Pfizer

PFE
has also set up a massive cold storage infrastructure as it prepares to distribute its vaccine. The pharmaceutical giant has turned a stretch of land in Kalamazoo, MI into a staging ground with 350 large freezers than will be able to store millions of coronavirus vaccine doses. To keep the vaccines safe during transport, Pfizer has developed a reusable suitcase-sized container that can keep between 1,000 and 5,000 doses at ultracold temperatures for up to 10 days. The containers will be also be equipped with GPS technology to allow for real-time tracking. The hope is to deliver nearly 1.5 billion does by the end of 2021.

Maersk has sealed a deal with COVAXX to ship the American pharmaceutical firm’s Covid-19 vaccine around the world when and if it gets approval by regulatory authorities. COVAXX is currently in phase 1 of its vaccine trial in Taiwan and will roll out phase 2 in the US as part of a partnership with the University of Nebraska Medical Center. COVAXX will also conduct a large-scale human efficacy clinical trial in Brazil. Maersk will oversee all logistics activities to ensure efficient transportation to developing countries. The agreement provides for end-to-end supply chain management, packing and shipping, via air or ocean, ground transportation, warehouse storage and distribution to facilities to support COVAXX’s requirements for a pharmaceutical grade, temperature-controlled supply chain. COVAXX is planning to manufacture 100 million doses of its vaccine during early 2021, and a billion doses by the end of 2021.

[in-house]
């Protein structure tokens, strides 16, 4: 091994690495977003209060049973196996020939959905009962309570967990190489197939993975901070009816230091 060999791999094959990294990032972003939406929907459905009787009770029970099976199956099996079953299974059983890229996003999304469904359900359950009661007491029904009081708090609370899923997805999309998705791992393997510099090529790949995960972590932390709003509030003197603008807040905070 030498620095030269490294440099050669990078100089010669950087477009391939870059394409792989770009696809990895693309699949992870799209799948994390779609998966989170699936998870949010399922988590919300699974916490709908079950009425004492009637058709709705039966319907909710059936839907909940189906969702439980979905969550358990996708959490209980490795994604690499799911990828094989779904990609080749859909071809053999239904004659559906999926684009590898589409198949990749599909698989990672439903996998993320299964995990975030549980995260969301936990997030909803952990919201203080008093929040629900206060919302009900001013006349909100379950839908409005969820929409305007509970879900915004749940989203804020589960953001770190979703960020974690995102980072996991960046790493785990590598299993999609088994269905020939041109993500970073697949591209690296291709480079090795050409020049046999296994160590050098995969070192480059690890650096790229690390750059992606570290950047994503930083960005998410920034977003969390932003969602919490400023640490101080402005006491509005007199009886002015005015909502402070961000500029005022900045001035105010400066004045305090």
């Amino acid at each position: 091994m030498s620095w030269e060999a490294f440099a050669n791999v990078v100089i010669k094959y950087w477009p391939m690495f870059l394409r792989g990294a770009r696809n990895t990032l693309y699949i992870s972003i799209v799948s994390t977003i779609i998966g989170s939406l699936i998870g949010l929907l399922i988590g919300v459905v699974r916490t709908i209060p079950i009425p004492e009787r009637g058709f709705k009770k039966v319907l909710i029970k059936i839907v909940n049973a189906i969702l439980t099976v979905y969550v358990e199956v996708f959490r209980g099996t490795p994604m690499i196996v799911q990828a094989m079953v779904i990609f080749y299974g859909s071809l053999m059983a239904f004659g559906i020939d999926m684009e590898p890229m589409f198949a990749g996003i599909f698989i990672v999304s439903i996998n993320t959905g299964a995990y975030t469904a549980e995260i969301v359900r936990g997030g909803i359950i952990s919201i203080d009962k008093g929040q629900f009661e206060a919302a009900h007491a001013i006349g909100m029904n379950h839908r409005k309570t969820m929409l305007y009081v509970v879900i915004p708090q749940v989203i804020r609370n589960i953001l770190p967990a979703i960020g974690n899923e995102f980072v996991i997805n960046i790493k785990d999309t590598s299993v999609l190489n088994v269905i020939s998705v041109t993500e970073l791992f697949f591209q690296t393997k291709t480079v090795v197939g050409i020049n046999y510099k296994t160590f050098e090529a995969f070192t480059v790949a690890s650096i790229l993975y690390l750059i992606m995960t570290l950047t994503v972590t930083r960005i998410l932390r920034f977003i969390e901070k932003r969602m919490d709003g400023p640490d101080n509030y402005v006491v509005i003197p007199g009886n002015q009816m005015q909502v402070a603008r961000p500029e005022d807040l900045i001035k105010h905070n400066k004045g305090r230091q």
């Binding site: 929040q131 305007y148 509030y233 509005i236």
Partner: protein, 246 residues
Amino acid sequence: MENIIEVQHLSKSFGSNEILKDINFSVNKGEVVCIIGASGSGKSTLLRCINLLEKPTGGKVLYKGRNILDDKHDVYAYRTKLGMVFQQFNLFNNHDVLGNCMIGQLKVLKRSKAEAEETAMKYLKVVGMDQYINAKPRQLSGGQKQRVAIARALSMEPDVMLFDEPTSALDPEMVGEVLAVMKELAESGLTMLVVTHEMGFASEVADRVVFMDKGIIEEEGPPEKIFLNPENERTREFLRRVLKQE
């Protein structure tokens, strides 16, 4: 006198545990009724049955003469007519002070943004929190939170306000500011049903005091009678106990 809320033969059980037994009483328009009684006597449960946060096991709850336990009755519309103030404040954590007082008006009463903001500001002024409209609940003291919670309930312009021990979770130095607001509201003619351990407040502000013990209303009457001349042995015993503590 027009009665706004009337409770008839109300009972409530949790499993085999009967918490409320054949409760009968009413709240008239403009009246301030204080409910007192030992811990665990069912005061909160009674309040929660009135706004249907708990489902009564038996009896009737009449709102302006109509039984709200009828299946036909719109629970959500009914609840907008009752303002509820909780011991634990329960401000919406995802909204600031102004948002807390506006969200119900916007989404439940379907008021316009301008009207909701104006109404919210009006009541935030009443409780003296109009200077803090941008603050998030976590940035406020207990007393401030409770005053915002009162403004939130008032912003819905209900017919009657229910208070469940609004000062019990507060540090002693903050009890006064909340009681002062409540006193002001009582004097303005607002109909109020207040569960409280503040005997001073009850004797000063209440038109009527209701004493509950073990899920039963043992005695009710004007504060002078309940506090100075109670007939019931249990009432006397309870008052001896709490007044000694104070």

Then there are the manufacturing hurdles. Pharma companies are subject to Good Manufacturing Practice (GMP) regulations. GMP is a system for ensuring that products are consistently produced and controlled according to quality standards.

Further, pharma manufacturers point out that the labeling documentation produced for new drugs creates supply chain hurdles that are not insignificant. The packaging and inserts must be approved by each nation. This means that instead of producing one global stock keeping unit, every nation requires a separate SKU. This SKU proliferation means that the documentation not infrequently delays launches in one country or another. Some drug companies have responded by producing the drugs in one location and then shipping those drugs in bulk to a specialized packaging partner that can respond quickly to these demands. Then the finished products are shipped from the pack partner’s facility into the global marketplace. In short, there is often an extra logistics leg required for pharma supply chains.  

Finally, the developing COVID supply chain is apt to adversely affect other supply chains. Getting the vaccine distributed will take Herculean efforts, the likes of which have never been seen before. This, in turn, will have an impact on general air cargo. Cargo carriers will likely bump other shipments in favor of distributing a coronavirus vaccine. This could cause shipping delays as a shortage of available air freight capacity is to be expected. But in the interest of the greater good, delays in consumer goods can certainly be forgiven.

The primary author of this article was Chris Cunnane.

Related posts

Democratic senator calls for ‘more flexible’ medical supply chain to counter pandemics

scceu

Supply Chain Management (SCM) Software Market Analysis by Key Players, Size, Competitive Analysis, Global and Regional Forecast – Chester Register

scceu

Accenture: How Robust is your Supply Chain? | Technology

scceu

Leave a Comment